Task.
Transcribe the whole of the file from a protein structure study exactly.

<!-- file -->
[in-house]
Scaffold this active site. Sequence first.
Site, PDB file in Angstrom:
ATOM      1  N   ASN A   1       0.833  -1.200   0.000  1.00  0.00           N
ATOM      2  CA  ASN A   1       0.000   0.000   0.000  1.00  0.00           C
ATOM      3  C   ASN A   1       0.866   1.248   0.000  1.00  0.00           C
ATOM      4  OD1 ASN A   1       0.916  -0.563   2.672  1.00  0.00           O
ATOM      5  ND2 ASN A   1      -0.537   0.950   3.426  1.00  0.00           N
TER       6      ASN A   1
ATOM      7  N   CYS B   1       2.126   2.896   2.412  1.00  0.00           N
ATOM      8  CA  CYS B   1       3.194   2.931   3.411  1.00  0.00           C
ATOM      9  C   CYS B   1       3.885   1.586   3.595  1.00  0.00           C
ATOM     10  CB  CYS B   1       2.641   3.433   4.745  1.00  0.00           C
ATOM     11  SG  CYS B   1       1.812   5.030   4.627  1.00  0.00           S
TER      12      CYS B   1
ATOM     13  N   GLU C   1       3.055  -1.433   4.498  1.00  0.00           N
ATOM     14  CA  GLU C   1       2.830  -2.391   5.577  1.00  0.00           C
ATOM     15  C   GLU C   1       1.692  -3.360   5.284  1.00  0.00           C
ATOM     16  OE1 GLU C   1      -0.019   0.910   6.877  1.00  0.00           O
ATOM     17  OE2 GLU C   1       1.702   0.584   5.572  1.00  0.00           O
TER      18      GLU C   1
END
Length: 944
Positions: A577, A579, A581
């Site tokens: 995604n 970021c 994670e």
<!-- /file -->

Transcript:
[in-house]
Scaffold this active site. Sequence first.
Site, PDB file in Angstrom:
ATOM      1  N   ASN A   1       0.833  -1.200   0.000  1.00  0.00           N
ATOM      2  CA  ASN A   1       0.000   0.000   0.000  1.00  0.00           C
ATOM      3  C   ASN A   1       0.866   1.248   0.000  1.00  0.00           C
ATOM      4  OD1 ASN A   1       0.916  -0.563   2.672  1.00  0.00           O
ATOM      5  ND2 ASN A   1      -0.537   0.950   3.426  1.00  0.00           N
TER       6      ASN A   1
ATOM      7  N   CYS B   1       2.126   2.896   2.412  1.00  0.00           N
ATOM      8  CA  CYS B   1       3.194   2.931   3.411  1.00  0.00           C
ATOM      9  C   CYS B   1       3.885   1.586   3.595  1.00  0.00           C
ATOM     10  CB  CYS B   1       2.641   3.433   4.745  1.00  0.00           C
ATOM     11  SG  CYS B   1       1.812   5.030   4.627  1.00  0.00           S
TER      12      CYS B   1
ATOM     13  N   GLU C   1       3.055  -1.433   4.498  1.00  0.00           N
ATOM     14  CA  GLU C   1       2.830  -2.391   5.577  1.00  0.00           C
ATOM     15  C   GLU C   1       1.692  -3.360   5.284  1.00  0.00           C
ATOM     16  OE1 GLU C   1      -0.019   0.910   6.877  1.00  0.00           O
ATOM     17  OE2 GLU C   1       1.702   0.584   5.572  1.00  0.00           O
TER      18      GLU C   1
END
Length: 944
Positions: A577, A579, A581
């Site tokens: 995604n 970021c 994670e």